* The top story tonight is the swelling panic Democrats are feeling over the botched Obamacare rollout. The exchanges have enrolled only 106,000 people. Jonathan Cohn explains here how to interpret those numbers.
Congressional Democrats are reportedly frantic for the president to propose some kind of fix: a “Democratic aide warned that if the administration doesn’t provide such a substitute by Friday, many members will ‘go crazy.'” So tomorrow Democrats will hold a full caucus meeting tomorrow to discuss the problems.
I can understand why Democrats feel this way. Their polls are cratering, they’re taking a colossal pounding in the press, and their consultants are undoubtedly itching for them to something, anything, that they can put in campaign ads to show they protected their constituents. But the truth, as always, is that Obamacare is now stapled into the Democratic hide. There’s no changing that fact, and the anxious swing-staters like Mary Landrieu who are up for reelection next cycle will be the first on the chopping block if Obama can’t fix the website, no matter what positioning they engage in right now.
* Alec MacGillis has a great profile of Obamacare’s single most relentless opponent: A Cato Institute scholar named Michael Cannon. He’s also traveled all over the country convincing many Republican states to refuse to set up an exchange, reasoning that if the federal exchange is ruled illegal, then the whole law will collapse — making him the leading reason some states do not have their own exchanges.
* Paul Waldman digs into some exchange websites from the states and private experiments, and finds some work just fine. One depressing speculation that is all too plausible:
My guess is that despite how hard everyone is working to fix it, this is still being produced by big government contractors for whom complexity is the path to profits and simplicity is a threat to their business model…I strongly suspect that Healthcare.gov is never going to be easy to use.
If nothing else, the Obamacare debacle should inspire a hard look at government contracting procedures.
* Ed Kilgore whips out five true, positive promises Demos could have made about the Obamacare rollout. Was that so hard? Not noticing that the “you can keep your insurance” line was going to come back to haunt the president was a big mistake. Very often the less palatable truth is the better thing to say in the long run.
* On a related note, here are five shiny baubles the president can use to distract people from the Healthcare.gov mess. The sports subsidy angle is actually very much worthy of attention.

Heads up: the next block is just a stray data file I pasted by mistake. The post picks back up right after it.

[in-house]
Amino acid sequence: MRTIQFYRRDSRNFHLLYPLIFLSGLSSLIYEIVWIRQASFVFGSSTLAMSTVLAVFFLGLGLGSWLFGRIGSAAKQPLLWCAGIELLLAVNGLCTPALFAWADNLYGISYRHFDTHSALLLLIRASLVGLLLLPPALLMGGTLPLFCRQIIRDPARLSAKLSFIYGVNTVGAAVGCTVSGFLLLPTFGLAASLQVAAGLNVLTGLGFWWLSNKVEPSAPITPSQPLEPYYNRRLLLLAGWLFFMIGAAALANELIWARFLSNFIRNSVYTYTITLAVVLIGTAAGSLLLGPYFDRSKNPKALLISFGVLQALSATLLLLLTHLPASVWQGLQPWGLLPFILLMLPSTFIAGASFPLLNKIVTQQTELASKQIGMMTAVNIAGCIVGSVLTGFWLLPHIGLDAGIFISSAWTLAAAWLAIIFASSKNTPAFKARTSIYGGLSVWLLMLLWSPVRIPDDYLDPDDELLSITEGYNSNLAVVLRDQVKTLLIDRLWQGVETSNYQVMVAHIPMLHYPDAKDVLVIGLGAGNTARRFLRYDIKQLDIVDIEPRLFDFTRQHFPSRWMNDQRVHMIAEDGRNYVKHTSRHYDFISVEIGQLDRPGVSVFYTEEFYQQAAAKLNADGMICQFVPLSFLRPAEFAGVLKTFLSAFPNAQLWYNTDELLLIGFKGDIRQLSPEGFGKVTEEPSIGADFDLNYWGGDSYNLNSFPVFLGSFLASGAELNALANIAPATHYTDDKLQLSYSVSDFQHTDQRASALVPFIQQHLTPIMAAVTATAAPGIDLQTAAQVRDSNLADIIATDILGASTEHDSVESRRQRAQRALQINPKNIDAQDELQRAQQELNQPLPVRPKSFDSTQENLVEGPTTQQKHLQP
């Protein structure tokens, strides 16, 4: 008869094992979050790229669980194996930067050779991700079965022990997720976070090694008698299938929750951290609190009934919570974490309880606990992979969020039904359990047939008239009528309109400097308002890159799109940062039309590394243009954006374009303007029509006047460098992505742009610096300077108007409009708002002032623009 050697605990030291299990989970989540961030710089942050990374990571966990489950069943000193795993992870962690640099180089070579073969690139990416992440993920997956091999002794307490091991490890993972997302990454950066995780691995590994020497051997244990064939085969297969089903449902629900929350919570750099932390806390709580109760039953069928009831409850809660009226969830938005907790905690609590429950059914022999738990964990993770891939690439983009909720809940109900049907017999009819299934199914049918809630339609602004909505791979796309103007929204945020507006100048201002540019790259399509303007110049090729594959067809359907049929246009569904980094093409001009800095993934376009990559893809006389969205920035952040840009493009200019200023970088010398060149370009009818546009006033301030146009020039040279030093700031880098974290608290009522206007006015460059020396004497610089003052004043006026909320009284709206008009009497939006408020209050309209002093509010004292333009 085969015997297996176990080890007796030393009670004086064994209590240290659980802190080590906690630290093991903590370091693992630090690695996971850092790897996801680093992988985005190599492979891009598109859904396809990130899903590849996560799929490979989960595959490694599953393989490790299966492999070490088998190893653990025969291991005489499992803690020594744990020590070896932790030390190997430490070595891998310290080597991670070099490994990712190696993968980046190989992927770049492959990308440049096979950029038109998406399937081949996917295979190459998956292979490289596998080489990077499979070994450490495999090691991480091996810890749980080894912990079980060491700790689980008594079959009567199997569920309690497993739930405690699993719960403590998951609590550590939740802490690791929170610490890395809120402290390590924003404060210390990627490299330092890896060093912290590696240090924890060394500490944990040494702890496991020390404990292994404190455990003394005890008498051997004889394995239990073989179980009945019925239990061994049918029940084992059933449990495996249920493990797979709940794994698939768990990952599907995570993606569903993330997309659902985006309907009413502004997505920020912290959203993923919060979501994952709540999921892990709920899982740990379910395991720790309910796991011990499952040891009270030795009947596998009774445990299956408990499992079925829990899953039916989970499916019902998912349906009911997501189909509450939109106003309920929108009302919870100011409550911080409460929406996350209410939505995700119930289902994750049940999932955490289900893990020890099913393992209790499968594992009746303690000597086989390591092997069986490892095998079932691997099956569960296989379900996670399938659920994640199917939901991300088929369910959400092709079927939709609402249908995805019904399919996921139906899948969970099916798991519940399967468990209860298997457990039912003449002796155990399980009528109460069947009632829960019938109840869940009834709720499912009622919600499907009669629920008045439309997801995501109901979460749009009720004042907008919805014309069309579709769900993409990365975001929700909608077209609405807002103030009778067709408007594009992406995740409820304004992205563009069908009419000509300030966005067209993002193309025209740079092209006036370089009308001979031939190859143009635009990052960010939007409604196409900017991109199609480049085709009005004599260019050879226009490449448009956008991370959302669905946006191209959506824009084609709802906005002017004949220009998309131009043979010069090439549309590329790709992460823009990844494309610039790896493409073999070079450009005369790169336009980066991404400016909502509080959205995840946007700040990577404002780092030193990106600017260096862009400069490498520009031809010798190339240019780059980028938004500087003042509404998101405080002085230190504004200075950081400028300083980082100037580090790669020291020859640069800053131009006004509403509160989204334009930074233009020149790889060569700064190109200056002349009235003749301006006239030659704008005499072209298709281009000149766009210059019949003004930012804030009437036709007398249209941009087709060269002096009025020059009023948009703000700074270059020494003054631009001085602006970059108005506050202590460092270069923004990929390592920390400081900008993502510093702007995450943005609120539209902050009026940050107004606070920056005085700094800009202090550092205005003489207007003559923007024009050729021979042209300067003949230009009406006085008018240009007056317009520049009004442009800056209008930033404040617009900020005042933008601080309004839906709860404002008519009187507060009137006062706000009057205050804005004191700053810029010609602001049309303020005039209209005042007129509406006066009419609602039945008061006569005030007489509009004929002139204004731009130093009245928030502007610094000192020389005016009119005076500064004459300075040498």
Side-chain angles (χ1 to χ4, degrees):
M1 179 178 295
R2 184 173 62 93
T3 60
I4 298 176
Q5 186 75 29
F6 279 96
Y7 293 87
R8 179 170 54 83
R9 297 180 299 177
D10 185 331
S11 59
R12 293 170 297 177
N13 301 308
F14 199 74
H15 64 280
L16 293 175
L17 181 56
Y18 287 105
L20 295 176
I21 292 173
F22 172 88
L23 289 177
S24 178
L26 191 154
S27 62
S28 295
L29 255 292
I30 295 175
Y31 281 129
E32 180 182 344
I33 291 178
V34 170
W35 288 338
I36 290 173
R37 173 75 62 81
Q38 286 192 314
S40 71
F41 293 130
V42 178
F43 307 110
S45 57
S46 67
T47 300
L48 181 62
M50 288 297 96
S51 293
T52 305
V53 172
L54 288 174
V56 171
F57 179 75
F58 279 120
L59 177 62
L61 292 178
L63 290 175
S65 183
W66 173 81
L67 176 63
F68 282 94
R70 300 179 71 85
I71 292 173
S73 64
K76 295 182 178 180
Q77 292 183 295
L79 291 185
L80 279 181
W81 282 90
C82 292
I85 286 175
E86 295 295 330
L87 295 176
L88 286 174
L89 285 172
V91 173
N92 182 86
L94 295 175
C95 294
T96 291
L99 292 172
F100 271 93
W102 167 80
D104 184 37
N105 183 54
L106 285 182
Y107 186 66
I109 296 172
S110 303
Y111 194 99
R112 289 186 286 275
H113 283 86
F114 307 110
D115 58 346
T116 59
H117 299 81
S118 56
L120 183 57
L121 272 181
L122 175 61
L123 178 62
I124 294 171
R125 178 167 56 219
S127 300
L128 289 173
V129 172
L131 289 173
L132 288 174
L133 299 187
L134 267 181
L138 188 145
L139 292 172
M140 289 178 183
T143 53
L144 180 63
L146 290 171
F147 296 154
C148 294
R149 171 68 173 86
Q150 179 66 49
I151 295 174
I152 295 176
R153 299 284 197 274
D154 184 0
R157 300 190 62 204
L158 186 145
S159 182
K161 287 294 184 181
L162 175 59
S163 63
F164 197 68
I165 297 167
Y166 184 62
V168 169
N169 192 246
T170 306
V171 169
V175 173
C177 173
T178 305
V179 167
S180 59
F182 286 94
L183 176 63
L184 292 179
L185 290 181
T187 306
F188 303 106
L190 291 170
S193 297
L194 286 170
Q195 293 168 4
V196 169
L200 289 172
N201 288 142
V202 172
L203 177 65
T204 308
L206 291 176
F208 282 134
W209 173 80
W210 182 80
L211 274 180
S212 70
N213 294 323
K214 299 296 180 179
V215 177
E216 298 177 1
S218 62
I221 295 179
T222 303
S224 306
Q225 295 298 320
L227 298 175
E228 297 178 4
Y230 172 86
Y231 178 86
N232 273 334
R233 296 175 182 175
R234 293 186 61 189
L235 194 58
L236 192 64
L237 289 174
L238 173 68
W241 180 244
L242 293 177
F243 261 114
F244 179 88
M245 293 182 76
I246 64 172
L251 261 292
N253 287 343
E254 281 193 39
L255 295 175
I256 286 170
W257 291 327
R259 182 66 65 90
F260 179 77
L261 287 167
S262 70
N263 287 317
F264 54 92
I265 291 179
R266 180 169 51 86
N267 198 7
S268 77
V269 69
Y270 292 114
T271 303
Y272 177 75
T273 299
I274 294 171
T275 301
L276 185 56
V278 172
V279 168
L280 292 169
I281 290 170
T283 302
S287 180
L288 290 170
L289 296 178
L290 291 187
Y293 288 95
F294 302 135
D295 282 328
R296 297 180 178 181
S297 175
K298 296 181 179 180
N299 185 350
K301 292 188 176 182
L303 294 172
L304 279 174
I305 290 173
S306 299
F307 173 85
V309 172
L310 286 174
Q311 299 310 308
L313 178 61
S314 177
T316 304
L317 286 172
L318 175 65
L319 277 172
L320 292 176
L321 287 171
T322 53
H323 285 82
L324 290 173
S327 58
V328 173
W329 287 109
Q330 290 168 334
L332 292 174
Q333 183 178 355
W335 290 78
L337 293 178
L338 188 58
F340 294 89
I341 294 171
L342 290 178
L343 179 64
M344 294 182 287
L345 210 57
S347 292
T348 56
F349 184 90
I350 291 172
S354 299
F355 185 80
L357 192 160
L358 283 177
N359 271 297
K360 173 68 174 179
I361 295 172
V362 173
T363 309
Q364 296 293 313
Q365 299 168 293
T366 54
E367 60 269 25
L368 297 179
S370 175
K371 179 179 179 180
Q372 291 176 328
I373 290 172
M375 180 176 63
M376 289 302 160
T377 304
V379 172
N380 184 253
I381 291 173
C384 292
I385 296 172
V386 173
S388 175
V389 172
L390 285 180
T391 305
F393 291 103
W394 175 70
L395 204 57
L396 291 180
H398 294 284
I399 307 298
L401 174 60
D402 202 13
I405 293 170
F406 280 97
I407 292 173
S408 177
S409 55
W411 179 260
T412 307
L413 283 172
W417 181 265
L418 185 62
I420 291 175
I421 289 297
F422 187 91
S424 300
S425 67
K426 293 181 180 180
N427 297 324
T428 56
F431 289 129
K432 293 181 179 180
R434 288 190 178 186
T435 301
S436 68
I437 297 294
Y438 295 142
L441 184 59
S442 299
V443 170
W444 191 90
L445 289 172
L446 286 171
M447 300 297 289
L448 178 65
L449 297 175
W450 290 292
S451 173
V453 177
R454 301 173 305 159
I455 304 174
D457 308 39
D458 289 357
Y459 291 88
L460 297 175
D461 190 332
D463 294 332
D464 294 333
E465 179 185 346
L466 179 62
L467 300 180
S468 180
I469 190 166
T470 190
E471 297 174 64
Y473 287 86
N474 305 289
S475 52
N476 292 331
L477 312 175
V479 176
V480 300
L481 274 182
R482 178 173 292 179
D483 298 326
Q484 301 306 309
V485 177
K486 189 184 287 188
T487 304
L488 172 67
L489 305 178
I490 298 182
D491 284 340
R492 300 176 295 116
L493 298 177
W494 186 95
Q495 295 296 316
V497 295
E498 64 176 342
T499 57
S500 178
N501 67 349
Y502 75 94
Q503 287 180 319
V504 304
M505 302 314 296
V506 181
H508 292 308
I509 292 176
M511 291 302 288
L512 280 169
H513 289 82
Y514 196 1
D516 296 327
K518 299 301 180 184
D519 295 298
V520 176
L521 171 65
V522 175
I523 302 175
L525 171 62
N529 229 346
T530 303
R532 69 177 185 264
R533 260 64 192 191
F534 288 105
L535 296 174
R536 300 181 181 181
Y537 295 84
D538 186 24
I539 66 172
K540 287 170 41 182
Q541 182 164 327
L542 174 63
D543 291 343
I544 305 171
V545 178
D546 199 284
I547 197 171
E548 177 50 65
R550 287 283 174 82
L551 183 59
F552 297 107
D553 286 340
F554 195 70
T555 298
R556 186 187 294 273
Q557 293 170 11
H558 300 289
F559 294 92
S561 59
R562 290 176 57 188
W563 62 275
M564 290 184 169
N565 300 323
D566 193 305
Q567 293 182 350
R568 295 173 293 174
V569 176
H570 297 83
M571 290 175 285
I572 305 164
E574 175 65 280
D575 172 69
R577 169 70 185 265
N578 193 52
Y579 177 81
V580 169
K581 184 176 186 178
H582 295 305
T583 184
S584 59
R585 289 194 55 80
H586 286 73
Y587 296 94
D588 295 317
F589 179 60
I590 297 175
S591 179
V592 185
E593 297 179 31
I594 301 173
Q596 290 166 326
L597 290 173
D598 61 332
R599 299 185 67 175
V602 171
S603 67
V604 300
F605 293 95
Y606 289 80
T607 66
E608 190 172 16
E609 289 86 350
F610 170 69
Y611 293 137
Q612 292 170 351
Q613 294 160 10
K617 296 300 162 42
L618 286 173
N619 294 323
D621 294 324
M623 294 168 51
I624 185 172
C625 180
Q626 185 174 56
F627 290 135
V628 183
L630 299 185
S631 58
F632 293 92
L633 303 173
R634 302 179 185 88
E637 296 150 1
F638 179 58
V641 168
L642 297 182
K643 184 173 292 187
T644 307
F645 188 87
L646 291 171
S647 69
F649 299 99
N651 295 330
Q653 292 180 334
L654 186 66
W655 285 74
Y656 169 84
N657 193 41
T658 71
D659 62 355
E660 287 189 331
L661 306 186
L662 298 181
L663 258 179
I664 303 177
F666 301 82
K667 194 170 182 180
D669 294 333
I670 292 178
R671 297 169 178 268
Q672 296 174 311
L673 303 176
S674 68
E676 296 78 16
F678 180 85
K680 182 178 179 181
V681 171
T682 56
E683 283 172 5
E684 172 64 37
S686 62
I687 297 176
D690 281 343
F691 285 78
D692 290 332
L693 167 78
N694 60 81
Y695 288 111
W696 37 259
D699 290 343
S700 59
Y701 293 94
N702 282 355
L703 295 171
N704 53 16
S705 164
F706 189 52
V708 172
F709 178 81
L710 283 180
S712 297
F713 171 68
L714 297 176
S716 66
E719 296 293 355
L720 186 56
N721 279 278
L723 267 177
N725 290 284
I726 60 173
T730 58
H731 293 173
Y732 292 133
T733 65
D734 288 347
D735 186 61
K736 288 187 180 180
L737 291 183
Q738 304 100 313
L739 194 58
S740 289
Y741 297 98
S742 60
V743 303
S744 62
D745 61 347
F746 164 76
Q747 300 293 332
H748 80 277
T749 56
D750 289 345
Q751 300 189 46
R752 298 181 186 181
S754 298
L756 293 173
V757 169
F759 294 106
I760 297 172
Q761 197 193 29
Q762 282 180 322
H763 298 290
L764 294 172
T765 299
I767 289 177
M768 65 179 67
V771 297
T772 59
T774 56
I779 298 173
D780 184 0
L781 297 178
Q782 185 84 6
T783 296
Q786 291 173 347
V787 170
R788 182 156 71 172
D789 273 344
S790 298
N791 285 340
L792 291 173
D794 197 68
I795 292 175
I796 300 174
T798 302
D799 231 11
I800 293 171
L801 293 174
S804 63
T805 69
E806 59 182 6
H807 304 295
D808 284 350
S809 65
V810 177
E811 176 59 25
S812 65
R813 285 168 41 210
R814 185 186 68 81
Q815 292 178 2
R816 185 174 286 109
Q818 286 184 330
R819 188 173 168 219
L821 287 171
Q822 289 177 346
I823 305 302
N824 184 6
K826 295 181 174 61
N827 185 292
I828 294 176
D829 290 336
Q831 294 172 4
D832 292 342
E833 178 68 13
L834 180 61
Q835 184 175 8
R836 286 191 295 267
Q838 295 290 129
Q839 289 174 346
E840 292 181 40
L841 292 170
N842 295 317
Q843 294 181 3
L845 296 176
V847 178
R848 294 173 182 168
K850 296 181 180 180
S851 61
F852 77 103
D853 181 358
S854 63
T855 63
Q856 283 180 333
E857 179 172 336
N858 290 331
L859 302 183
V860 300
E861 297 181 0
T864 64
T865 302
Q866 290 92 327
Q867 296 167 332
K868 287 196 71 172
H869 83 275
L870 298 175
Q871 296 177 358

* Chuck Schumer just emailed out this brutal response to John Boehner’s declaration that the House will not adopt any part of the Senate’s immigration reform bill:
I believe the House will come to its senses and realize that we have to fix our immigration system in a bipartisan way. You cannot pass any bill with just Democratic or Republican votes. They cannot possibly end this Congress only having passed legislation to deport all of the Dream Act kids.
* Matt Miller refocuses the Obamacare debate on the moral angle, through the lens of Typhoon Haiyan: “A typhoon is obviously beyond anyone’s control. But so is a preexisting condition.” For all these problems, the health law is still the best chance (and the last one for decades) to seriously improve the lives of millions of people.
* Tim Lee has some details on the new Trans-Pacific Partnership treaty, and so far it looks to be loaded with Hollywood and Big Pharma goodies. What is the point of this again?
* Excellent piece from Rick Perlstein chronicling how the Tea Party is just the latest in a very long line of apocalyptic, paranoid conservative organizations. (To put it another way, the Crazification Factor holds over time.) The major difference this time is that this bunch has nearly complete control over the party elite.
* Speaking of which, check out a Tea Party group is going to try and primary every single House Republican who voted for the deal to reopen the government and raise the debt ceiling. If the GOP establishment gets involved on the other side, there could be a real fight.
* Sheldon Whitehouse has been holding a speech about climate every week the Senate is in session. The fact that I only just now heard of this is a sign of how much people pay attention to Senate speeches these days. Still though, good for him.
* Erik Wemple nails this: Politico has been warning about a “brain drain” at the New York Times, but what about the scads of people leaving Politico?? Breaking: Journalists tend to change jobs a lot.